Multiple recalls at Grünenthal’s Santiago factory
Grünenthal, in whose Santiago factory Anulette CD is manufactured, began operating in Chile in 1979. The privately-owned German pharmaceutical company, which reported a €340 million (US $405 million) profit in the 2019-2020 fiscal year, is best known for its product tramadol, an opiate pain killer, classified as a controlled substance in numerous countries.
In 2017, the company increased its Chilean investments by opening what it called “Latin America’s most modern women’s health products plant”, a US $14.5m facility. While only a small part of Grünenthal’s portfolio, the investment was enough to place it among “the three biggest pharmaceutical companies in Chile.
“But CNN has uncovered that production issues began soon after the factory opened, and have affected a range of oral contraceptives marketed not just by Silesia S.A. but also Grünenthal’s other Chilean subsidiary, Andrómaco.
In 2018, Tinelle, a contraceptive pill from Silesia’s portfolio, was voluntarily taken off the market after a decision to switch the sequence of the active and placebo tablets (keeping the same numbers of each but placing them in a different order) which by the Grunenthal spokesperson, Florian Dieckmann’s admission “confused [patients] about the new sequence of the pills.” Dieckmann said that the pills were put back on the market after Silesia “further clarified the instruction on the aluminum foil on how to follow the right sequence of tablets.”
Two further oral contraceptives, Minigest 15 and 20, manufactured by Andrómaco at the Grünenthal Chilean plant, were recalled in October 2020 after the public health authority, the ISP, said that they were found during stability testing to contain an insufficient amount of the active ingredient: the hormones.
Grunenthal’s spokesperson said that at the time of packaging, the tablets had “the correct amount of active ingredient” in them, adding that the “tablets are exposed to excessive temperatures and humidity over the products entire shelf life under laboratory conditions” and that it is “unlikely that the tablets are exposed to these conditions for a long time in real-world circumstances.
Based on a Freedom of Information request by Miles, which CNN then followed up on, the production of Anulette CD has had the most problems, according to the ISP’s own records.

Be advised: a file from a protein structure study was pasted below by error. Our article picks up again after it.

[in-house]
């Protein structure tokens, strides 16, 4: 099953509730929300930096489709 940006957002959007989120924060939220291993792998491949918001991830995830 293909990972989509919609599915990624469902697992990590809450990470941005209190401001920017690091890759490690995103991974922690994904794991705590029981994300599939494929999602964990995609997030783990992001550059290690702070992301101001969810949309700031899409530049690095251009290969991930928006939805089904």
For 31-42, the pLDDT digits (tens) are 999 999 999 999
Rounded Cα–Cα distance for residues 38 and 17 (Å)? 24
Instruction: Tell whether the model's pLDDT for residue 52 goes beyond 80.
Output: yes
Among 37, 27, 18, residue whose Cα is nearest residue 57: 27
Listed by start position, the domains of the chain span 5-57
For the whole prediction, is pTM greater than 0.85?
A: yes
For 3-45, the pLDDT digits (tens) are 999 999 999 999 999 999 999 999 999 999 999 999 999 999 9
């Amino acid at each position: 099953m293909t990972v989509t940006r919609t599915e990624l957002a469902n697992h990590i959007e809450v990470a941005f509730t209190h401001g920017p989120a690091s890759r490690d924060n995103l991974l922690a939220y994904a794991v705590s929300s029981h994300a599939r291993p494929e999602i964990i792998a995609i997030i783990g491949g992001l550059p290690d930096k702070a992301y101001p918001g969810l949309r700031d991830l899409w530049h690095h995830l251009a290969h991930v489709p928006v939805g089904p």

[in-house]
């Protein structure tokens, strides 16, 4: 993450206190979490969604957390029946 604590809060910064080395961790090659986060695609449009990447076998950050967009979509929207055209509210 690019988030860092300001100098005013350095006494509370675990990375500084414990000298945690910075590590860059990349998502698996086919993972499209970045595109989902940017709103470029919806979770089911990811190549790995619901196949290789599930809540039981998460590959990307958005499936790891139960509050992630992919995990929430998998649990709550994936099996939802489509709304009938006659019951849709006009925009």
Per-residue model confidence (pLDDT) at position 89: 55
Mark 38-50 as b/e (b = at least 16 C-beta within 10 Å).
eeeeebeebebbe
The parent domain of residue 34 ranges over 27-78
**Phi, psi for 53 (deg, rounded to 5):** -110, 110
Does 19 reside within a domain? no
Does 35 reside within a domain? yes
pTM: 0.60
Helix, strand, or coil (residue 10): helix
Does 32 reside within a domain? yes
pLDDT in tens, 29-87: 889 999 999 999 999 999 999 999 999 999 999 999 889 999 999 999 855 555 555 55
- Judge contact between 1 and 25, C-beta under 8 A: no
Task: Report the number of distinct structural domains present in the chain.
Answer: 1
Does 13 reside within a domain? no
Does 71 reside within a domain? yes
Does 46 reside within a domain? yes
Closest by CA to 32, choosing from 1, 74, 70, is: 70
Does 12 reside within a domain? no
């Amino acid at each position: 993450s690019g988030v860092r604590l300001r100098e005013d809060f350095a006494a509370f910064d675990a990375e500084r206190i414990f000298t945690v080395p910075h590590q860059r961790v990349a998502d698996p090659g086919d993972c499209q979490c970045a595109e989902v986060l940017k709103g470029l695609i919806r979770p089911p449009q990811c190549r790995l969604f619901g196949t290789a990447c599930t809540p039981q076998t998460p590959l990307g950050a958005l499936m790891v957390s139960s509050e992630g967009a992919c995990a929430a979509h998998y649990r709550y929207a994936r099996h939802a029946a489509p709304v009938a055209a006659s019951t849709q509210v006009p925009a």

Between August 6 and November 18, 2020, health clinics across Chile reported a wide range of issues with the pills including small holes found in the tablets; pills that had orange and black spots; wet and crushed tablets; and packaging that wouldn’t release the entire pill effectively, leaving trace amounts of the pill stuck inside.
In total, the ISP received 26 different complaints about 15 different batches of Anulette pills, yet only 2 batches were recalled.
“It is important to clarify that not all complaints of the product’s end in market recalls,” the ISP explained. “Those that are withdrawn…are those in which critical defects are detected and this was the case of the recalled batches.”
Aside from publishing details of the above recalls on its website, the ISP allegedly did little else to notify women, and despite its apparent challenges, Grünenthal remains the Chilean government’s leading provider of oral contraceptives.
According to the ISP, 382,871 women are prescribed Anulette CD, and between May 2019 and January 2020, Grünenthal secured at least US $2.2 million in contracts that CNN has seen.
The Ministry of Health did not answer CNN’s written questions and declined an invitation to be interviewed.
The blame game
While no one is denying the production problems, Grünenthal, its Chilean subsidiaries and government representatives, all seem intent on shifting some of the blame away from the faulty packets of the pill and onto each other.
Dieckmann explained that the company discovered that the problems stemmed from an issue on the production line issue which caused some pills to move during the packaging process. That led to some packages with “empty cavities, some tablets misplaced or crushed tablets,” he said but stressed that the efficacy of the contraceptive had not been compromised.
The spokesperson also pointed out that combined oral contraceptives are not 100% effective. According to the World Health Organization, the combined oral contraceptive pill every year results in less than 1 pregnancy in every 100, “with consistent and correct use.”
“So I think it’s important background, right?” Dieckmann said, noting that those statistics rise when the pill isn’t taken consistently or correctly.